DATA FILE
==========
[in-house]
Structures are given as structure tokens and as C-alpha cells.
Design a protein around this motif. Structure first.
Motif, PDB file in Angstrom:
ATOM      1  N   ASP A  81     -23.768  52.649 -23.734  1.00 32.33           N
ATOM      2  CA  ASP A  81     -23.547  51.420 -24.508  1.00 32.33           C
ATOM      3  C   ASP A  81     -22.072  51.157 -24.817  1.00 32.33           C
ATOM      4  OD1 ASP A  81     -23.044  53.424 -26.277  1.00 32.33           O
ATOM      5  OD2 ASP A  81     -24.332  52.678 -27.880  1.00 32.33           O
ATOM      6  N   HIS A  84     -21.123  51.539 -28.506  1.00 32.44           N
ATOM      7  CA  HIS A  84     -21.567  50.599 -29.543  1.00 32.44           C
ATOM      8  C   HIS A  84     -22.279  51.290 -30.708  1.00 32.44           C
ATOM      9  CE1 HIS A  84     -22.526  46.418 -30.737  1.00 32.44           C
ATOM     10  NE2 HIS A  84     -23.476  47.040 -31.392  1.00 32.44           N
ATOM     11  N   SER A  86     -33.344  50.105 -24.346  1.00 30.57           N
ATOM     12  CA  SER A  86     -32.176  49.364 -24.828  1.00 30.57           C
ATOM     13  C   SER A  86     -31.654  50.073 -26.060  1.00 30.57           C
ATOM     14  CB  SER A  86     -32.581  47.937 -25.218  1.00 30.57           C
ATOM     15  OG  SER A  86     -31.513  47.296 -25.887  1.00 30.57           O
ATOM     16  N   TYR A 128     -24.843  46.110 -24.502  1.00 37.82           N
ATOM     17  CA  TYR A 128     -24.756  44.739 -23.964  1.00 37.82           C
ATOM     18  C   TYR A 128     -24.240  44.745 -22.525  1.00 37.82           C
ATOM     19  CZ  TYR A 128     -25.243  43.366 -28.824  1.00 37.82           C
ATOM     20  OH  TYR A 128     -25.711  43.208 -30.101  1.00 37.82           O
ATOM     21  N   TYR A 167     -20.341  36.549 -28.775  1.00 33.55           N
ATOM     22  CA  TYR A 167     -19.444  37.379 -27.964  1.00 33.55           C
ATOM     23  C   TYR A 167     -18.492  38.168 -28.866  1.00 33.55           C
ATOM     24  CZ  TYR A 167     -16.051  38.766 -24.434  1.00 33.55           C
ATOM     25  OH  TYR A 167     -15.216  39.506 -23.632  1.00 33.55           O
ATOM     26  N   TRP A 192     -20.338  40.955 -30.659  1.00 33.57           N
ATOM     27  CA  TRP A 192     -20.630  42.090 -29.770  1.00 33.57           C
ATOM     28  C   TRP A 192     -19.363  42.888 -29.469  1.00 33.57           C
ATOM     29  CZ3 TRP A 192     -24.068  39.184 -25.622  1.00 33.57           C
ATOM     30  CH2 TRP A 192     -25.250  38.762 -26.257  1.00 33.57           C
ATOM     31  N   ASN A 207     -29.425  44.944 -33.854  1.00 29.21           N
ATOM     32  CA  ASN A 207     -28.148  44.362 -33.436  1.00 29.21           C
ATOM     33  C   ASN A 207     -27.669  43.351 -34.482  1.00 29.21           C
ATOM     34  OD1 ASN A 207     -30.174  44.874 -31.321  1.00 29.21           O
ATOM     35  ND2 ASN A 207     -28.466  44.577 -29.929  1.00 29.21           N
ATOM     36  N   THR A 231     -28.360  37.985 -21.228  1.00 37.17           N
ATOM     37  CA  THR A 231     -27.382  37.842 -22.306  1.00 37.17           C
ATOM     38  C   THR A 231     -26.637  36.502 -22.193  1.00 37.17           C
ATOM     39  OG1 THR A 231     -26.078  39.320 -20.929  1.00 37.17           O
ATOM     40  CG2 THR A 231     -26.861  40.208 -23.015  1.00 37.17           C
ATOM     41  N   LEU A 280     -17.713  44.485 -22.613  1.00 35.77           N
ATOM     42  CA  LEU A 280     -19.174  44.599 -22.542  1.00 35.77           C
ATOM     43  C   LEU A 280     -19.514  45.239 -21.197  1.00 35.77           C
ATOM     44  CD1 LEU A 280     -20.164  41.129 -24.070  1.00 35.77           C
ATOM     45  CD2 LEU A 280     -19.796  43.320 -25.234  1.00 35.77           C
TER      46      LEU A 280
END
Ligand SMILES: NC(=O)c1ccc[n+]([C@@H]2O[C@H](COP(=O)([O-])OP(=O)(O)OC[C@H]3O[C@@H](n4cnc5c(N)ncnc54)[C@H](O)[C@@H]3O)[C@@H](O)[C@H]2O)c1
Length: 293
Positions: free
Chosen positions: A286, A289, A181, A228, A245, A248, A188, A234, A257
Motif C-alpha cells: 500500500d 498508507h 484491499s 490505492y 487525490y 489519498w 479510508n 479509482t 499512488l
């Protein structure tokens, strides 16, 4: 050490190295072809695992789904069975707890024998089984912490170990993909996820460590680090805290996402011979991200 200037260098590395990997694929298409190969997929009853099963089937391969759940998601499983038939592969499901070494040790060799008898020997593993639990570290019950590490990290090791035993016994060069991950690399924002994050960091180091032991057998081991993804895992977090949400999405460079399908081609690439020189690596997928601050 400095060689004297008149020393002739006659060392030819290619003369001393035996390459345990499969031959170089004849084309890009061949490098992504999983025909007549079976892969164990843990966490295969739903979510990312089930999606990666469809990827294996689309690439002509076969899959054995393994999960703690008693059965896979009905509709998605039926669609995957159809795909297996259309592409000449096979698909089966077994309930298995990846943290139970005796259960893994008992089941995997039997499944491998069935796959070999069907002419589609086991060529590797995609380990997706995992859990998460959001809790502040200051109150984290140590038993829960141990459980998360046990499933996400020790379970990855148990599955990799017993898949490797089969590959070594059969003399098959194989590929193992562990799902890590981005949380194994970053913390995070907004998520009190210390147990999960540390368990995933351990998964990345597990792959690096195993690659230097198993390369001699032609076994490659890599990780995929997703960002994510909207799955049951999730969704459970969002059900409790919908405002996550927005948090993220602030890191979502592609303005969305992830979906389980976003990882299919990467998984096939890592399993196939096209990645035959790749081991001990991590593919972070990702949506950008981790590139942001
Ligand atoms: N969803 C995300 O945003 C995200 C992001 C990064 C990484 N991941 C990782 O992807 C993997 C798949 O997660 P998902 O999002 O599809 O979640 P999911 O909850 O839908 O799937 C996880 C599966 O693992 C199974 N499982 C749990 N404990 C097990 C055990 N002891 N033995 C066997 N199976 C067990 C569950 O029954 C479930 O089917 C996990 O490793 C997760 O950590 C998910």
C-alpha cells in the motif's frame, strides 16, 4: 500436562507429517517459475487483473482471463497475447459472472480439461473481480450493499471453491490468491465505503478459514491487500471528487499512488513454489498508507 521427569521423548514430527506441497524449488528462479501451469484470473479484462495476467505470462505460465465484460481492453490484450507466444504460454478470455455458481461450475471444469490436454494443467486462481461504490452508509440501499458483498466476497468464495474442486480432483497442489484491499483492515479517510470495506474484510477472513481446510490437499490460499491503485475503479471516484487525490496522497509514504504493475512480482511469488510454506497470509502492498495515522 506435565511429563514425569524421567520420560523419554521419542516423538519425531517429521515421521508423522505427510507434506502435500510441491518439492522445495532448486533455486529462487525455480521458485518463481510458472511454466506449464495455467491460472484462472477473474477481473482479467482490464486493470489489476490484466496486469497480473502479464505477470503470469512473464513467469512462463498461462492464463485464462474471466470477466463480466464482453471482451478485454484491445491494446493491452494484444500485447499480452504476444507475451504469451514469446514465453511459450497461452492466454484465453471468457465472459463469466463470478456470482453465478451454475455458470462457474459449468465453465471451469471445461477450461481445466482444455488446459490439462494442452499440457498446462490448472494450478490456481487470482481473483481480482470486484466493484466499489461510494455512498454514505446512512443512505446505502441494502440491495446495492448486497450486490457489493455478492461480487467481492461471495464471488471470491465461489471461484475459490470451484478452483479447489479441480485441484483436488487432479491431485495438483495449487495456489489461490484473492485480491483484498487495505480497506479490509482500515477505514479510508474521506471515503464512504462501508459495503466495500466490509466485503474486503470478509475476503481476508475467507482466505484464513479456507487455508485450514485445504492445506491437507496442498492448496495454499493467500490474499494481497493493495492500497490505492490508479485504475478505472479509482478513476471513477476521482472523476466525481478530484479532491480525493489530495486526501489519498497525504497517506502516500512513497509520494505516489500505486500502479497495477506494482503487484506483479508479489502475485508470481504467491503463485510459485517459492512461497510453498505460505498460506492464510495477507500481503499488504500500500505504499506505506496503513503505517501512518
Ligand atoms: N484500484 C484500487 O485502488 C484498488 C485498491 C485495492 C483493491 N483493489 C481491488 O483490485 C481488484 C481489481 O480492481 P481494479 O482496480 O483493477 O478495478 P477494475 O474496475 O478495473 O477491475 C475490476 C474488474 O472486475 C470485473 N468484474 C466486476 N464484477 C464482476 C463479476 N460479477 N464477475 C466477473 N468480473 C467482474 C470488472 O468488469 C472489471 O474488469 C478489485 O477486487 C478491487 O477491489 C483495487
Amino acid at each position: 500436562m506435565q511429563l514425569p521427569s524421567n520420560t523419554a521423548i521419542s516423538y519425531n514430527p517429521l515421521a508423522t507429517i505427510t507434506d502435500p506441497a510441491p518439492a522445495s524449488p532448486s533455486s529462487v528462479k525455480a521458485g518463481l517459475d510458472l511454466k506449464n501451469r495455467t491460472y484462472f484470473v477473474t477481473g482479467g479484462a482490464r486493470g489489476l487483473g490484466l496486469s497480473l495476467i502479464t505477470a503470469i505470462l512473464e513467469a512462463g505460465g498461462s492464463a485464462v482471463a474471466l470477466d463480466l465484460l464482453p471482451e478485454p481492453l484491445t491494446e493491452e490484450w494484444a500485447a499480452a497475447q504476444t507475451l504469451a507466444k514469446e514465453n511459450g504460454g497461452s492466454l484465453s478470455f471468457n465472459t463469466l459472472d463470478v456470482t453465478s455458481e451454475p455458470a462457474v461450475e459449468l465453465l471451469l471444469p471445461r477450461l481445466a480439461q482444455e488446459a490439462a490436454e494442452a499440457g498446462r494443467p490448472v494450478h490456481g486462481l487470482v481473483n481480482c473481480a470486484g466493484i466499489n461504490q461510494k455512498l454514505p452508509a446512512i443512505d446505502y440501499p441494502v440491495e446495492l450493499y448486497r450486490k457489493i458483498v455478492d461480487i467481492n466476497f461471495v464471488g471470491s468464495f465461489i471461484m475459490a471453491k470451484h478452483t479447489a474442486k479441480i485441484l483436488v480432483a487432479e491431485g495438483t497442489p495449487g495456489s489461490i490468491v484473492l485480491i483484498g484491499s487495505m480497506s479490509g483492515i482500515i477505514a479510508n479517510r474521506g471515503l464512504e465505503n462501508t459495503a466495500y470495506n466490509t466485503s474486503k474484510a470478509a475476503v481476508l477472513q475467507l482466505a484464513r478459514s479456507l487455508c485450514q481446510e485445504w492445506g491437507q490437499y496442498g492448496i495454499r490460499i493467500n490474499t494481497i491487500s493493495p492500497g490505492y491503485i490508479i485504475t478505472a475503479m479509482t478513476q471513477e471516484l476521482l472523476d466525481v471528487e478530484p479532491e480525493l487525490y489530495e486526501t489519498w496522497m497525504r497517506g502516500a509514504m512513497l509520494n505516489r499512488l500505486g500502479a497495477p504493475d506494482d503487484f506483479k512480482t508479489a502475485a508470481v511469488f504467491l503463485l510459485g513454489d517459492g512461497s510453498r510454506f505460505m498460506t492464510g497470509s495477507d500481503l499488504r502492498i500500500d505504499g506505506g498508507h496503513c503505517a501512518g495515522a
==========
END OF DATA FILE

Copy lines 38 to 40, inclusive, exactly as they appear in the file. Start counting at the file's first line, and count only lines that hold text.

ATOM     34  OD1 ASN A 207     -30.174  44.874 -31.321  1.00 29.21           O
ATOM     35  ND2 ASN A 207     -28.466  44.577 -29.929  1.00 29.21           N
ATOM     36  N   THR A 231     -28.360  37.985 -21.228  1.00 37.17           N